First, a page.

My life as an outsider: Searching for identity and survival in a Harry Potter world

If facebook stati are to be trusted as any kind of gauge of what people are thinking about, caring about, and actually doing, a significant number of people who have seen fit to befriend me there are into Harry Potter. Like, way into Harry Potter. It’s 1 a.m. and I’m about to go to bed. Many of them are less than an hour into the latest installment of the cinematic one-offs of these books. Some of them are dressed like wizards or witches or gremlins or something. In public.

I’ve read exactly 1/3 of the first book (years ago) and seen none of the movies, but I’m clearly becoming more and more marginalized in that respect.Harry Mouse

And that’s what occurred to me as I was preparing to eat a spoon of peanut butter (with a bit of honey) and drink some milk before bed: I think we may be reaching a cultural tipping point with Harry Potter.

I mean, at what point does this particular affection so saturate the culture that all of you Harry Potter weirdos become the normal people and the few of us who remain HP-agnostic/atheist types become the weirdos?

Maybe it’s already happened.

Now before all you Hogwarts dreamers try to turn me into a frog for calling you a weirdo, please note that I assigned no moral value to either normalcy or weirdness. Everybody’s weird in some way, and normal is overrated. I mean, I don’t get the costumes and magic wands and evil spells, but I’ve certainly got my own weird stuff.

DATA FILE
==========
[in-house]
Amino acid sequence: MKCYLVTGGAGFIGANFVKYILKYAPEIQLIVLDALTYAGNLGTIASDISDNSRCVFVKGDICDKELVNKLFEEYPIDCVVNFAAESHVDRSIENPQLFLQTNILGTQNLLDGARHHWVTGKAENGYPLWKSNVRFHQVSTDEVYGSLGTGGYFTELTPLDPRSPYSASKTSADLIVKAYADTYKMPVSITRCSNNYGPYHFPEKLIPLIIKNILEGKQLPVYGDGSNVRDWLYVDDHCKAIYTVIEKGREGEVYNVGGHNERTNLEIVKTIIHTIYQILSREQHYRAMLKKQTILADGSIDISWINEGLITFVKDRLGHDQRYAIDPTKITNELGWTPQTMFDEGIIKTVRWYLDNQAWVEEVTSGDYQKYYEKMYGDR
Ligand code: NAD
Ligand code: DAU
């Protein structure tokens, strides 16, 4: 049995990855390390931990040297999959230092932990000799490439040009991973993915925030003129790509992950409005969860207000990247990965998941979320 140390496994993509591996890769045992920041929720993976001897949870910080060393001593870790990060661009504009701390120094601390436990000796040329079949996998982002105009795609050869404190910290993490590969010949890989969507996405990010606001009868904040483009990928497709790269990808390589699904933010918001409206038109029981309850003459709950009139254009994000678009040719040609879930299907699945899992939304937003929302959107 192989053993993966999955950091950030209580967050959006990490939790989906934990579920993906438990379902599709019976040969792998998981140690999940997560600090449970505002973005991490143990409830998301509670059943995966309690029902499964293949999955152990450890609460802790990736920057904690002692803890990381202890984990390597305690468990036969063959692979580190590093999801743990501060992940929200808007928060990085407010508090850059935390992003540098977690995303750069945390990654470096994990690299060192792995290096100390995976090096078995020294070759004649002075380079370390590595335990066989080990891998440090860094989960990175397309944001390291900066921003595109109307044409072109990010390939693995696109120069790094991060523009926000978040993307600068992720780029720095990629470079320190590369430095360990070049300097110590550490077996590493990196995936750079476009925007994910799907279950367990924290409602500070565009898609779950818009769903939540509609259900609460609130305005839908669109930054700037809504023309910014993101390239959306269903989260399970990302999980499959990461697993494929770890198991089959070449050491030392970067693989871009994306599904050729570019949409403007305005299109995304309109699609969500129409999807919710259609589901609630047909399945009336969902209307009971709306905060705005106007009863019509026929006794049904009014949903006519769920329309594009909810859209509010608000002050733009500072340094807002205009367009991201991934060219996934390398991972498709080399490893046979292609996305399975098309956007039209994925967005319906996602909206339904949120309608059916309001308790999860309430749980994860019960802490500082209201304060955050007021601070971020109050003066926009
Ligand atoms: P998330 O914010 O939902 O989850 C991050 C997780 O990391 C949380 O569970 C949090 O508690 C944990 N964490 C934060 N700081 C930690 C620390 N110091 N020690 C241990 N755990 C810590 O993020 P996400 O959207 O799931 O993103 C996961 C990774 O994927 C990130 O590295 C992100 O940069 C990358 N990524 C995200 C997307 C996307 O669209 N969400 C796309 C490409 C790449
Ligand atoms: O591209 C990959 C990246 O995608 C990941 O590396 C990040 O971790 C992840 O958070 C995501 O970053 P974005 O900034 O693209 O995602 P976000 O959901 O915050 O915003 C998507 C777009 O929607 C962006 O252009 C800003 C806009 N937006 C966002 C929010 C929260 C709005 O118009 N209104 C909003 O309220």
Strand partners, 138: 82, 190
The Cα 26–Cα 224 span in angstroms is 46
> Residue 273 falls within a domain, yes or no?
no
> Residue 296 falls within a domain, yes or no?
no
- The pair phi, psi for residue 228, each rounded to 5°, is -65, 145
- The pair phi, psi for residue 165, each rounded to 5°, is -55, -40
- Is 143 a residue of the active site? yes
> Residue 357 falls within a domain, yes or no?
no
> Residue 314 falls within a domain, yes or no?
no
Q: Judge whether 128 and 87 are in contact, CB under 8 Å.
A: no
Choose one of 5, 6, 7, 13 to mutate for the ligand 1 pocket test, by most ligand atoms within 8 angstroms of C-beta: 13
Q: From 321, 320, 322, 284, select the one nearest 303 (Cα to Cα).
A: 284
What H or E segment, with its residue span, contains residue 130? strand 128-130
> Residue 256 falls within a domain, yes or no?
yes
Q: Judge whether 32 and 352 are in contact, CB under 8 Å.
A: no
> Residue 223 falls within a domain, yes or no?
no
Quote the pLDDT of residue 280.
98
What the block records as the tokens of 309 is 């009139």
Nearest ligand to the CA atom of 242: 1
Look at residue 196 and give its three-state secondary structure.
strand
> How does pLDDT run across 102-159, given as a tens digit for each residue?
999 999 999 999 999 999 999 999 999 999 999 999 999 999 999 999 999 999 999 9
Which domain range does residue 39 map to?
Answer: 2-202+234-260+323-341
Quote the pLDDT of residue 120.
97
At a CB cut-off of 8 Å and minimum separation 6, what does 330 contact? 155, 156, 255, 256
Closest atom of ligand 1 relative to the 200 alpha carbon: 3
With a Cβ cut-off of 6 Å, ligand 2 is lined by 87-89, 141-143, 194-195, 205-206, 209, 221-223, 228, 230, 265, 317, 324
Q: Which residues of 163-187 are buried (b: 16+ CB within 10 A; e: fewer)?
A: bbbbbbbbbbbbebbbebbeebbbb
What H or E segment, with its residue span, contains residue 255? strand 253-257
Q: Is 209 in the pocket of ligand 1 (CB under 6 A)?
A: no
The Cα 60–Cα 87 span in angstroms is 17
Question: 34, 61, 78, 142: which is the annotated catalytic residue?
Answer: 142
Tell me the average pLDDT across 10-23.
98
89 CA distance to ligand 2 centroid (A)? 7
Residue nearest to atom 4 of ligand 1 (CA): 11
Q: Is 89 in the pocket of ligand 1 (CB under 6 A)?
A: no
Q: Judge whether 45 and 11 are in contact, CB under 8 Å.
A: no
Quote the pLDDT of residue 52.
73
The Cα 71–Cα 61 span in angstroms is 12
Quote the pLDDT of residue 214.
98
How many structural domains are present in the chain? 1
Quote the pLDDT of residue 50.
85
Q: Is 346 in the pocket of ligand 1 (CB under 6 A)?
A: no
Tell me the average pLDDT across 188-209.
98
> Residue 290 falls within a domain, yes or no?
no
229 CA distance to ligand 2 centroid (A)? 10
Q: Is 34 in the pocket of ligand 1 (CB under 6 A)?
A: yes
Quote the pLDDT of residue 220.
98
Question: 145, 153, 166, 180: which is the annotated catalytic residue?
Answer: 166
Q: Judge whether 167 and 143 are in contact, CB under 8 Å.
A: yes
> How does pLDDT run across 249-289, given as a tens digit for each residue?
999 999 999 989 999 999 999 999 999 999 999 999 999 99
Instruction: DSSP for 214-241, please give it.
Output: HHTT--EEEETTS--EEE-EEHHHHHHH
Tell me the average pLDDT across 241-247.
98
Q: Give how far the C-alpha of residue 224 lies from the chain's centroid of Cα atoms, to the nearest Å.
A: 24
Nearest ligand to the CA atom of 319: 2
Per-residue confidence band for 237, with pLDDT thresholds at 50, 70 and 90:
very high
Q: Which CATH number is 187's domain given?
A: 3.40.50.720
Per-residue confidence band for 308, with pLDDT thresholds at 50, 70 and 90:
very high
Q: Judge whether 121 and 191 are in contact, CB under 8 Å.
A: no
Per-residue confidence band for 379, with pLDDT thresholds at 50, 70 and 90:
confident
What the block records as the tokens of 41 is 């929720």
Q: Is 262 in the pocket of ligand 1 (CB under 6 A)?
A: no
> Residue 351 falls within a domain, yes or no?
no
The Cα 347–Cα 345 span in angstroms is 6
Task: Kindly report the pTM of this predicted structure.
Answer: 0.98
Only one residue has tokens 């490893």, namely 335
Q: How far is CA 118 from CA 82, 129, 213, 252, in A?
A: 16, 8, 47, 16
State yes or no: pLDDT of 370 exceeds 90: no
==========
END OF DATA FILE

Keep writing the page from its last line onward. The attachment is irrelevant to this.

Though, to be fair, none of it involves dressing up in costumes to go to movies.

Or posting “I’VE GOT MY TICKETS TO THE 12:17 SHOWING OF HALF-BREED PRINCE! OMG! I’M IN HEAVEN WITH HARRY! I LOVE HIM SO MUCH I’D MARRY HIM IF HE WASN’T A MADE UP BOY BELOW THE LEGAL AGE!!! LOL! ROFL! JK!” on facebook.

But seriously, please withhold your wrath. I’m not really making fun of you.

Well, I mean, I am, but I love you all. Mostly. And I don’t think there’s anything wrong with (most) of you. And I do think there are things wrong with me that forever disqualify me from any sort of classification of normal. Like, a lot of things. More things than you can shake your magic wand…too much?

What I’m saying is don’t get mad at me. I’m just lashing out because life is hard when you’re part of a misunderstood, marginalized group so unlike the rest of the population.

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One thought on “My life as an outsider: Searching for identity and survival in a Harry Potter world

  1. It’s okay, we still accept you. And we’re not THAT weird. Joe and I are not even wearing our costumes again this weekend when we go to San Antonio to go watch it a second time.

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